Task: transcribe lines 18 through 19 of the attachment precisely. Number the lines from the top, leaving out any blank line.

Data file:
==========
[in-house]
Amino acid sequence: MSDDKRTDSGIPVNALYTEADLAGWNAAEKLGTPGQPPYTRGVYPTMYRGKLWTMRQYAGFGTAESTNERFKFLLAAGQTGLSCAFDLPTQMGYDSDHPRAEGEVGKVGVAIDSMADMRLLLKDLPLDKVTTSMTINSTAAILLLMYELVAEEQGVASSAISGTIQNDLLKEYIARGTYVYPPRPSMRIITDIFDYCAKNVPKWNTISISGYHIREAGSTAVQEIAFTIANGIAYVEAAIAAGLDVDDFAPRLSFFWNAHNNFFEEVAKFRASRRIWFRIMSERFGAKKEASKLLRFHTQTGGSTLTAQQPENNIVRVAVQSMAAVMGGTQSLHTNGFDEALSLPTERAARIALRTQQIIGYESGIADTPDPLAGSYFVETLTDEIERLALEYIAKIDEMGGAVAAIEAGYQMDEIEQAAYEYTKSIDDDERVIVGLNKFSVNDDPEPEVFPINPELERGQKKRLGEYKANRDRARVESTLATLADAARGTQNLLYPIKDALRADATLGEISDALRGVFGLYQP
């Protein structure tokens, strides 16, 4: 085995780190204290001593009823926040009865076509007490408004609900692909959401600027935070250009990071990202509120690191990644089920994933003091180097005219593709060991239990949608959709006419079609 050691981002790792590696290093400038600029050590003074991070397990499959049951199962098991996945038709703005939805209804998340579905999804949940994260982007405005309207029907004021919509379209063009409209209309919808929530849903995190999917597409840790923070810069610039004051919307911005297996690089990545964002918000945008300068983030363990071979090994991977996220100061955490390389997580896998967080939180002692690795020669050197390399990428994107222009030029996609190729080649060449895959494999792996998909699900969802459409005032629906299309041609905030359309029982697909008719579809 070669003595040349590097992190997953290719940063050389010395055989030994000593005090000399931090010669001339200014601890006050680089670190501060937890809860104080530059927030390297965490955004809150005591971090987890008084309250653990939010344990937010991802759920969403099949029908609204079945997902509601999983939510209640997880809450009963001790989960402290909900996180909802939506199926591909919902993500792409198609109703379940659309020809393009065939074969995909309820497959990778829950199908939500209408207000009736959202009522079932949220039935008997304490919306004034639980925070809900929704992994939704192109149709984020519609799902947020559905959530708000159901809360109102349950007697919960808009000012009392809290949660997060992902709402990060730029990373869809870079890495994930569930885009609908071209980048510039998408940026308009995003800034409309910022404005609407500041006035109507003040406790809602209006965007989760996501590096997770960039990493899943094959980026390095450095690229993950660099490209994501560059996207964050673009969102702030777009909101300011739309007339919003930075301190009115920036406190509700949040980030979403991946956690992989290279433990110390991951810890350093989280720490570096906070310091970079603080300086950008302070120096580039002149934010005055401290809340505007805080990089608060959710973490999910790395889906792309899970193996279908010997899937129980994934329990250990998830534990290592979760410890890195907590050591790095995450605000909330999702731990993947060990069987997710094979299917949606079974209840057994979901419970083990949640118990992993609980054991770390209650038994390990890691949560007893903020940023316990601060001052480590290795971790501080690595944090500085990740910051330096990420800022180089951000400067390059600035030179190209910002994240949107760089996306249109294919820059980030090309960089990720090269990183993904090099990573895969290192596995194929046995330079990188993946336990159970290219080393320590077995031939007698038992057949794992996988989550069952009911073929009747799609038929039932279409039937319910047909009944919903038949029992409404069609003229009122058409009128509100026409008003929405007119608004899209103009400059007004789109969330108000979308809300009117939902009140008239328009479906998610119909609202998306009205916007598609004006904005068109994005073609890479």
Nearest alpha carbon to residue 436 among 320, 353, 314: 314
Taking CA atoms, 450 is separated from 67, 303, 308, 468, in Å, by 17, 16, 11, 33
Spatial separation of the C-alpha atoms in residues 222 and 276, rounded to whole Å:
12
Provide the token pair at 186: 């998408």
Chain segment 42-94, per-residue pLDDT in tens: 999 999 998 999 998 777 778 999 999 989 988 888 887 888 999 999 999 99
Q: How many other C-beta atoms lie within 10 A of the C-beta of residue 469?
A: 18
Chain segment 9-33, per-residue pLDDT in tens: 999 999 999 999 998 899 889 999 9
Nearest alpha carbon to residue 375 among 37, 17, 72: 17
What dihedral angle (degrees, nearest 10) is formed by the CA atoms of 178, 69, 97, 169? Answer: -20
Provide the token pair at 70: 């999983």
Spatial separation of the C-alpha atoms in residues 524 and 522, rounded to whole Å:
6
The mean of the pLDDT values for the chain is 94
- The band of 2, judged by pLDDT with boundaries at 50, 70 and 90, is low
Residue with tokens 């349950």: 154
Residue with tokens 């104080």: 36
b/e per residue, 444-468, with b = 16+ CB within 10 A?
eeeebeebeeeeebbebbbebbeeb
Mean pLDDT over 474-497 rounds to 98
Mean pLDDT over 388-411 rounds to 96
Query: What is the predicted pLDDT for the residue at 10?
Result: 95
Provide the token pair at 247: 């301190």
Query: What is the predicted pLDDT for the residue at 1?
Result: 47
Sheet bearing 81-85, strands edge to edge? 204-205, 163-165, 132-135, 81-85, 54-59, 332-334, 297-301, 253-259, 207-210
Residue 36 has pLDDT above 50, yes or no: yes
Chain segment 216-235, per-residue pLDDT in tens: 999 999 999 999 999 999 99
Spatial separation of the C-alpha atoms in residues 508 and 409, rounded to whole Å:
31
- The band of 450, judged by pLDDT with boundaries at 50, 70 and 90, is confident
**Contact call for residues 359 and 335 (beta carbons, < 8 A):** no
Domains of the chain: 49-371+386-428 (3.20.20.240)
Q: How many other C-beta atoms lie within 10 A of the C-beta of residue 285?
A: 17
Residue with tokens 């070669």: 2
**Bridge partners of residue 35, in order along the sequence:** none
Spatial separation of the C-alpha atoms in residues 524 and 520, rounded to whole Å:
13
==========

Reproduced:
The mean of the pLDDT values for the chain is 94
- The band of 2, judged by pLDDT with boundaries at 50, 70 and 90, is low